Everything was developing in a measured way until the hurricane Katrina struck New Orleans in August 2005. After this everyone became an entrepreneur. There was a latent talent in New Orleans; the old networks got fractured and New Orleans became global. New Orleans became a laboratory for innovation and change. New Orleans became a startup city. The people who came there thought they could change the world.

Meanwhile, the now-named The Idea Village was scaling up. They had "Idea Corps" week with six universities and six startups. Jumping forward to 2010, they rebranded as "Entrepreneur Week" and borrowing from two established iconic events already in NOLA, they organized it like a Jazz Fest or Mardi Gras with multiple events going on at the same time. However, like their predecessors, the "festival" was still mostly attracting tourists and out-of-towners.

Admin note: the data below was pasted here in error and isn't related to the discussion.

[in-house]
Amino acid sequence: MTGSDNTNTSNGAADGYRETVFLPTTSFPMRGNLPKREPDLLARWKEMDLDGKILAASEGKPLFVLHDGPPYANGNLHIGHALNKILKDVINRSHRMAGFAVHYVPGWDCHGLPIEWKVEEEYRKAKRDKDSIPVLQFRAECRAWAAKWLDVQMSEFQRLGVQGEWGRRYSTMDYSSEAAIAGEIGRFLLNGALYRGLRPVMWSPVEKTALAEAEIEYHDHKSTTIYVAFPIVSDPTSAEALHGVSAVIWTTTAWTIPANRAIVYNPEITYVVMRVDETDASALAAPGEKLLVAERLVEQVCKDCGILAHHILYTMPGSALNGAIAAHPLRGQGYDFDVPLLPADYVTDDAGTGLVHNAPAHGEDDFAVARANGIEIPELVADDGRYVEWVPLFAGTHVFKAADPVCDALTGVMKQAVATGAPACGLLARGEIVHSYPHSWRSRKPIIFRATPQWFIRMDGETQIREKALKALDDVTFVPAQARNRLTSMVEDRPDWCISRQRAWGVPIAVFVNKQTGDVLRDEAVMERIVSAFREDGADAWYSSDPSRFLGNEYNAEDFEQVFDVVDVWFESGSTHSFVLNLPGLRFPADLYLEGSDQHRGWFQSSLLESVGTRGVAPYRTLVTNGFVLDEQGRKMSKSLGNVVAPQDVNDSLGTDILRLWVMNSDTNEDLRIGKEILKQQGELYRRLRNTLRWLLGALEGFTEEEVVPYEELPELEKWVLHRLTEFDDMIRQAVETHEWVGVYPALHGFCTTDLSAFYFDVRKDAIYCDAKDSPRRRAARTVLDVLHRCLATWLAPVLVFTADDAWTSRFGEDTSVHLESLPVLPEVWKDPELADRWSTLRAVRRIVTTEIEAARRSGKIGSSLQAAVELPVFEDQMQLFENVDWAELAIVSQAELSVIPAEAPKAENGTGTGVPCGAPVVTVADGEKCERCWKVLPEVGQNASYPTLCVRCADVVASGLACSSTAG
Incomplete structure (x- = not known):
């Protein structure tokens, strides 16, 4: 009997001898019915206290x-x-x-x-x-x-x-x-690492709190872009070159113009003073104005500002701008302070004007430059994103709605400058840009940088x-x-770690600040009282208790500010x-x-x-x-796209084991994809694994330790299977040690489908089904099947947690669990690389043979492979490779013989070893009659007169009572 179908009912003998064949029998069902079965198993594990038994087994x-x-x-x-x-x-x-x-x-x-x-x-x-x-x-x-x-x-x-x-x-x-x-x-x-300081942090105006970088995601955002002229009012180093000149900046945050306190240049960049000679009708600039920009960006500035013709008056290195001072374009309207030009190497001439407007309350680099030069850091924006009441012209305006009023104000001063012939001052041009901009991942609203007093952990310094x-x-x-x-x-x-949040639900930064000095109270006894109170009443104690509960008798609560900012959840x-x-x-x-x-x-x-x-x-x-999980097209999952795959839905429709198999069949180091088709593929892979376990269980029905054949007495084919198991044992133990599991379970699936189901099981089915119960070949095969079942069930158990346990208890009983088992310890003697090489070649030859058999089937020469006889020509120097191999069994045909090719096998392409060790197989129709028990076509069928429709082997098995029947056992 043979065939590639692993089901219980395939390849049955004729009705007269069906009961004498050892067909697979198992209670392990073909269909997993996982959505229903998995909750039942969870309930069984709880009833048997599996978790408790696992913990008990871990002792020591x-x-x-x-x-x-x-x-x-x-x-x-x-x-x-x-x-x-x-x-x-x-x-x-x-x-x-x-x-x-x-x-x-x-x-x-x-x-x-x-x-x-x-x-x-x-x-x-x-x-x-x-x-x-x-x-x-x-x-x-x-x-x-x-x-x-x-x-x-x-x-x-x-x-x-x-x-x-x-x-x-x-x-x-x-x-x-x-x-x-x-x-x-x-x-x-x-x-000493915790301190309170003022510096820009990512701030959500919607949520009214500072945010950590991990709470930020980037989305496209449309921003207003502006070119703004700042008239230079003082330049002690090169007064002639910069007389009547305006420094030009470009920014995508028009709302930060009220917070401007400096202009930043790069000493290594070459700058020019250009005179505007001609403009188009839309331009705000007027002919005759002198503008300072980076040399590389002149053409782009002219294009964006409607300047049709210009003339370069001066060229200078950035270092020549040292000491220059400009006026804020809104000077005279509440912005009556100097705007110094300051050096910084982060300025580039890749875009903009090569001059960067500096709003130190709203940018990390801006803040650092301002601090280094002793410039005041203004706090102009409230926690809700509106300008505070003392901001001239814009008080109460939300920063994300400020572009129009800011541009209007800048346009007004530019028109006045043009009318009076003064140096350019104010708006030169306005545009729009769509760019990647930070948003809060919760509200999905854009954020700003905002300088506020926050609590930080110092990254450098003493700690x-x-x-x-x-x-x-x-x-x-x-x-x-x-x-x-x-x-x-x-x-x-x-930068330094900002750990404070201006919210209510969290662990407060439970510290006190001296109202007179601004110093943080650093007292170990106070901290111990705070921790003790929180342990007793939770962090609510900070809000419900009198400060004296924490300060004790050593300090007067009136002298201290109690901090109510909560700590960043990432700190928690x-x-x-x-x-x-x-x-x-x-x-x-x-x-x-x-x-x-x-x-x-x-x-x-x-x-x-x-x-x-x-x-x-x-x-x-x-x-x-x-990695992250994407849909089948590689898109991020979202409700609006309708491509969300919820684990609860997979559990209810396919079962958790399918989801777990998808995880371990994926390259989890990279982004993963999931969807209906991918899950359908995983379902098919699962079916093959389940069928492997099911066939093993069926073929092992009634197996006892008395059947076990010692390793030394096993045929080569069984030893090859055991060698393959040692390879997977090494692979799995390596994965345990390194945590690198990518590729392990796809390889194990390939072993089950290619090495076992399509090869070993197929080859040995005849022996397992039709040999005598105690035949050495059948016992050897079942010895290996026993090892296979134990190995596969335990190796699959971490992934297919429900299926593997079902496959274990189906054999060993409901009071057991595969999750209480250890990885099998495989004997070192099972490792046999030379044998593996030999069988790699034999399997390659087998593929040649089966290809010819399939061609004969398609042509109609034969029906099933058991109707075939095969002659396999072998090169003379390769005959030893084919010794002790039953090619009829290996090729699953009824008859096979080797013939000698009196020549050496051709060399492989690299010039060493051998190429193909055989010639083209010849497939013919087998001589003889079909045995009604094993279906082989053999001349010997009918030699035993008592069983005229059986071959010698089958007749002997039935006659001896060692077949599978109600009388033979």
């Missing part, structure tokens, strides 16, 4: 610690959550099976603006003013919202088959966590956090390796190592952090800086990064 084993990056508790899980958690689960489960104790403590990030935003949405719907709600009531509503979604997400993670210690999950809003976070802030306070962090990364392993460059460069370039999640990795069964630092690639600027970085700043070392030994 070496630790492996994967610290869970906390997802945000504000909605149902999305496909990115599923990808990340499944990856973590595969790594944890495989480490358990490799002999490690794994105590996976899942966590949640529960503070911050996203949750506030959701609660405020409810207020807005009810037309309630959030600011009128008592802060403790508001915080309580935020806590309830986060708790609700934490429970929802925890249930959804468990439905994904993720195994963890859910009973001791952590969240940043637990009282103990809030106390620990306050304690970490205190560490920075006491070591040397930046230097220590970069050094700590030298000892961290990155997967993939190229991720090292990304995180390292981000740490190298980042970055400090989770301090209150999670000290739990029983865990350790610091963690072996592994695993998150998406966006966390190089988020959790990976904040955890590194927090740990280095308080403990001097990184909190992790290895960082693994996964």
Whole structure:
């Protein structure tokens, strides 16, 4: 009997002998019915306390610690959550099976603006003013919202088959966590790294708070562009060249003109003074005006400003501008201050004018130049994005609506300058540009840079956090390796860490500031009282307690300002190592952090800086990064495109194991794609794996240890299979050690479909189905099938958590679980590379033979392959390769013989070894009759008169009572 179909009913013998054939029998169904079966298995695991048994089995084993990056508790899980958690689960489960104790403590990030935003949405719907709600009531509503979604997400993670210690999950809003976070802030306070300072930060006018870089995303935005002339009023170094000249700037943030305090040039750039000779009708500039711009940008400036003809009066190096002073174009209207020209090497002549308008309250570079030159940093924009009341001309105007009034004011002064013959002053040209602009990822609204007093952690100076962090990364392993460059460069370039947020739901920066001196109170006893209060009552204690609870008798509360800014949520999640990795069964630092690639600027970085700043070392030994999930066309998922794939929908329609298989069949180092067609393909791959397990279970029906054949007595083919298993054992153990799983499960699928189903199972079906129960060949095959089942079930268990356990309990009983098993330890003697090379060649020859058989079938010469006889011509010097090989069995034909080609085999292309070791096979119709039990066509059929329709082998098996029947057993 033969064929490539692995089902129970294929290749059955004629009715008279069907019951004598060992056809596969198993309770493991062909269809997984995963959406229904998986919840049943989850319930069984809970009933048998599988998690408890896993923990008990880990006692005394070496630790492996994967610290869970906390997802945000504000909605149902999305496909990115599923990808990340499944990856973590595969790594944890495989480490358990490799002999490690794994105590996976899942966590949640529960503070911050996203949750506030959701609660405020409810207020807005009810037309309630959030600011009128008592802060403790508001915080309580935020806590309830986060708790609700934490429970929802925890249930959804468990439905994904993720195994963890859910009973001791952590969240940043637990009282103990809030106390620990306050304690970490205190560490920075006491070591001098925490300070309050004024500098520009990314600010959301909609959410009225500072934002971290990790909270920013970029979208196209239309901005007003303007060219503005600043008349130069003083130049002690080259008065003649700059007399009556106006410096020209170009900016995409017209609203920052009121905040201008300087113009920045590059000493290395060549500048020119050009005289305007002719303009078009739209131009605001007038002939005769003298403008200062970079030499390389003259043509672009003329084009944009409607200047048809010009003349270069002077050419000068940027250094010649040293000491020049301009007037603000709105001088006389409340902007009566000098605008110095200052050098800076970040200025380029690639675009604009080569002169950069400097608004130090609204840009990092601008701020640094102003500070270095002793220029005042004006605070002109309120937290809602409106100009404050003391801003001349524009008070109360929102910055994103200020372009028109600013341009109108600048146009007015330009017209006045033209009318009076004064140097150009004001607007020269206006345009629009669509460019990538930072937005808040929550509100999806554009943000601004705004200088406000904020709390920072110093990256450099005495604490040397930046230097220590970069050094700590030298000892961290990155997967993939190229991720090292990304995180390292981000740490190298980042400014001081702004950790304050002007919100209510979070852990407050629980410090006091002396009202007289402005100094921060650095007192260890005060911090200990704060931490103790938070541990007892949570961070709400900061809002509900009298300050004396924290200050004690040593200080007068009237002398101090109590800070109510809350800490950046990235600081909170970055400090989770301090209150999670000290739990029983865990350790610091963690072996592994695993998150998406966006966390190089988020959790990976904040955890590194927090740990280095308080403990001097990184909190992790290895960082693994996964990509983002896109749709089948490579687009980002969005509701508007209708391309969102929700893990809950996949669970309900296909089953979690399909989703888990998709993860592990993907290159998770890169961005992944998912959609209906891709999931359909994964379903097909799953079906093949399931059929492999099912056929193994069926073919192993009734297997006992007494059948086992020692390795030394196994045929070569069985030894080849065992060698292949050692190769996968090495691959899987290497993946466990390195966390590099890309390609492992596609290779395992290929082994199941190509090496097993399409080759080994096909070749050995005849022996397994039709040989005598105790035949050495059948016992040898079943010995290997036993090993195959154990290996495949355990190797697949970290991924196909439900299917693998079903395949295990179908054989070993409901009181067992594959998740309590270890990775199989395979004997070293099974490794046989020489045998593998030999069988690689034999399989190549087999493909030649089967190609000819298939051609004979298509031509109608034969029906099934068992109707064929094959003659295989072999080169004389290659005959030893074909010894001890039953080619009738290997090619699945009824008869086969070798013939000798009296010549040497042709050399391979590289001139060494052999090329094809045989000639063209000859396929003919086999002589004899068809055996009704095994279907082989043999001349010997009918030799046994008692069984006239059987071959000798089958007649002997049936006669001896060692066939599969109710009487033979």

In 2012 they focused on getting local entrepreneurs and called it "Entrepreneur Season." Running from July to October they received 2100 registrants, proof of the changing spirit of the city when compared to 2700 registrants from the first ten years of this organization. This year they engaged 282 locals to support 697 entrepreneurs with over $2.2 million worth of strategic consulting, resources, and startup capital. Never before had there been local engagement to this extent. 1,500+ people showed up just for the final Entrepreneurial Pitch event, The Big Idea. Google has also announced that they will be deepening their relationship with the City of New Orleans in the coming year - stay tuned for details.